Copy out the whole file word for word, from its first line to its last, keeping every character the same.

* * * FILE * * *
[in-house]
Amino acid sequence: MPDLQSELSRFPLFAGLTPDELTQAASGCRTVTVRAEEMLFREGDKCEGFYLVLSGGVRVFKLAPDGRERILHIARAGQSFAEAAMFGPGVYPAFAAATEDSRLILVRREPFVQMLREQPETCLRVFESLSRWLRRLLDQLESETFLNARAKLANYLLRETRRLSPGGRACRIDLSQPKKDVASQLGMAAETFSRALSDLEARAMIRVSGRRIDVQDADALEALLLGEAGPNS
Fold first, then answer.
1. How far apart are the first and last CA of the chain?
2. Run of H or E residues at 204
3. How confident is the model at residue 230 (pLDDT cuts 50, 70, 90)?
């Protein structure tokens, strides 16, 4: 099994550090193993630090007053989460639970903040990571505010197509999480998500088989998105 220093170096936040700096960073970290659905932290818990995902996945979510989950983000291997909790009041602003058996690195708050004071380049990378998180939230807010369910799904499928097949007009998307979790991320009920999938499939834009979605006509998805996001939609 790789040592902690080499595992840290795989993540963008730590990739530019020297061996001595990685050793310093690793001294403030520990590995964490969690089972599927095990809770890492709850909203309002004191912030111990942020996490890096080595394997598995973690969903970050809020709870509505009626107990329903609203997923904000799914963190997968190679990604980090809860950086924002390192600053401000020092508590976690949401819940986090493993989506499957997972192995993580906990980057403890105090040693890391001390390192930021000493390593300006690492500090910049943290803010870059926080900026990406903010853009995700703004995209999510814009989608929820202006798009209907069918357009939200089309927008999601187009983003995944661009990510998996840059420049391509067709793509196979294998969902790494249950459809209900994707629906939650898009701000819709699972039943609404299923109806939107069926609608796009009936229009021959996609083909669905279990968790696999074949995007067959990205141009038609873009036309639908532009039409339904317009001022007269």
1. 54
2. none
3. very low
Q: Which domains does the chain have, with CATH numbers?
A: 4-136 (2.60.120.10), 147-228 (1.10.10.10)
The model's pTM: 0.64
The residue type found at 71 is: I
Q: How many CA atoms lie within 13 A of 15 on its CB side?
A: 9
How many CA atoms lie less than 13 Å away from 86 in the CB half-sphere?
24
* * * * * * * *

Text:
[in-house]
Amino acid sequence: MPDLQSELSRFPLFAGLTPDELTQAASGCRTVTVRAEEMLFREGDKCEGFYLVLSGGVRVFKLAPDGRERILHIARAGQSFAEAAMFGPGVYPAFAAATEDSRLILVRREPFVQMLREQPETCLRVFESLSRWLRRLLDQLESETFLNARAKLANYLLRETRRLSPGGRACRIDLSQPKKDVASQLGMAAETFSRALSDLEARAMIRVSGRRIDVQDADALEALLLGEAGPNS
Fold first, then answer.
1. How far apart are the first and last CA of the chain?
2. Run of H or E residues at 204
3. How confident is the model at residue 230 (pLDDT cuts 50, 70, 90)?
């Protein structure tokens, strides 16, 4: 099994550090193993630090007053989460639970903040990571505010197509999480998500088989998105 220093170096936040700096960073970290659905932290818990995902996945979510989950983000291997909790009041602003058996690195708050004071380049990378998180939230807010369910799904499928097949007009998307979790991320009920999938499939834009979605006509998805996001939609 790789040592902690080499595992840290795989993540963008730590990739530019020297061996001595990685050793310093690793001294403030520990590995964490969690089972599927095990809770890492709850909203309002004191912030111990942020996490890096080595394997598995973690969903970050809020709870509505009626107990329903609203997923904000799914963190997968190679990604980090809860950086924002390192600053401000020092508590976690949401819940986090493993989506499957997972192995993580906990980057403890105090040693890391001390390192930021000493390593300006690492500090910049943290803010870059926080900026990406903010853009995700703004995209999510814009989608929820202006798009209907069918357009939200089309927008999601187009983003995944661009990510998996840059420049391509067709793509196979294998969902790494249950459809209900994707629906939650898009701000819709699972039943609404299923109806939107069926609608796009009936229009021959996609083909669905279990968790696999074949995007067959990205141009038609873009036309639908532009039409339904317009001022007269």
1. 54
2. none
3. very low
Q: Which domains does the chain have, with CATH numbers?
A: 4-136 (2.60.120.10), 147-228 (1.10.10.10)
The model's pTM: 0.64
The residue type found at 71 is: I
Q: How many CA atoms lie within 13 A of 15 on its CB side?
A: 9
How many CA atoms lie less than 13 Å away from 86 in the CB half-sphere?
24